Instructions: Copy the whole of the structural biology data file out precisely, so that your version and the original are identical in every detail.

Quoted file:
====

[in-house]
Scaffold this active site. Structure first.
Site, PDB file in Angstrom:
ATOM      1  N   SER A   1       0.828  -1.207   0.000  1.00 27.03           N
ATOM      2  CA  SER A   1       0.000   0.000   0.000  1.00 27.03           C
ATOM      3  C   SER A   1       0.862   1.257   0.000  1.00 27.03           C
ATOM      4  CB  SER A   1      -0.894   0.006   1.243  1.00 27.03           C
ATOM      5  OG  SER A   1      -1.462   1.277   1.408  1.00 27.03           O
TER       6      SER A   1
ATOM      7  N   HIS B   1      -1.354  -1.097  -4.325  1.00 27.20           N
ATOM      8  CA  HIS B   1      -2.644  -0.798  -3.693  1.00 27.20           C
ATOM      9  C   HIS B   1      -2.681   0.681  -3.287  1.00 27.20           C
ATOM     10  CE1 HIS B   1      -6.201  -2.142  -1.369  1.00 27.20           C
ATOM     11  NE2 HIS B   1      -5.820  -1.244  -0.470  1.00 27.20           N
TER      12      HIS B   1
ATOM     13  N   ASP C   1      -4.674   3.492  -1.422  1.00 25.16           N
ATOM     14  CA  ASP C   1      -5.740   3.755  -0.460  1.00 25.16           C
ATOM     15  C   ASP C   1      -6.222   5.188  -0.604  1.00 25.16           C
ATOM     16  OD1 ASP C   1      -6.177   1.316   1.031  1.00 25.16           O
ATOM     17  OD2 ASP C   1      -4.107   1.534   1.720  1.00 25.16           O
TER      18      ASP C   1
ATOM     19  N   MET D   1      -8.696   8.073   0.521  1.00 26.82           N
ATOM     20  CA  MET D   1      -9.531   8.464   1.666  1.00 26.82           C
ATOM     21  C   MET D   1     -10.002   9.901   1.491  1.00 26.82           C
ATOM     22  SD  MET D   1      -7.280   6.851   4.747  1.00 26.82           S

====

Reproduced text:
[in-house]
Scaffold this active site. Structure first.
Site, PDB file in Angstrom:
ATOM      1  N   SER A   1       0.828  -1.207   0.000  1.00 27.03           N
ATOM      2  CA  SER A   1       0.000   0.000   0.000  1.00 27.03           C
ATOM      3  C   SER A   1       0.862   1.257   0.000  1.00 27.03           C
ATOM      4  CB  SER A   1      -0.894   0.006   1.243  1.00 27.03           C
ATOM      5  OG  SER A   1      -1.462   1.277   1.408  1.00 27.03           O
TER       6      SER A   1
ATOM      7  N   HIS B   1      -1.354  -1.097  -4.325  1.00 27.20           N
ATOM      8  CA  HIS B   1      -2.644  -0.798  -3.693  1.00 27.20           C
ATOM      9  C   HIS B   1      -2.681   0.681  -3.287  1.00 27.20           C
ATOM     10  CE1 HIS B   1      -6.201  -2.142  -1.369  1.00 27.20           C
ATOM     11  NE2 HIS B   1      -5.820  -1.244  -0.470  1.00 27.20           N
TER      12      HIS B   1
ATOM     13  N   ASP C   1      -4.674   3.492  -1.422  1.00 25.16           N
ATOM     14  CA  ASP C   1      -5.740   3.755  -0.460  1.00 25.16           C
ATOM     15  C   ASP C   1      -6.222   5.188  -0.604  1.00 25.16           C
ATOM     16  OD1 ASP C   1      -6.177   1.316   1.031  1.00 25.16           O
ATOM     17  OD2 ASP C   1      -4.107   1.534   1.720  1.00 25.16           O
TER      18      ASP C   1
ATOM     19  N   MET D   1      -8.696   8.073   0.521  1.00 26.82           N
ATOM     20  CA  MET D   1      -9.531   8.464   1.666  1.00 26.82           C
ATOM     21  C   MET D   1     -10.002   9.901   1.491  1.00 26.82           C
ATOM     22  SD  MET D   1      -7.280   6.851   4.747  1.00 26.82           S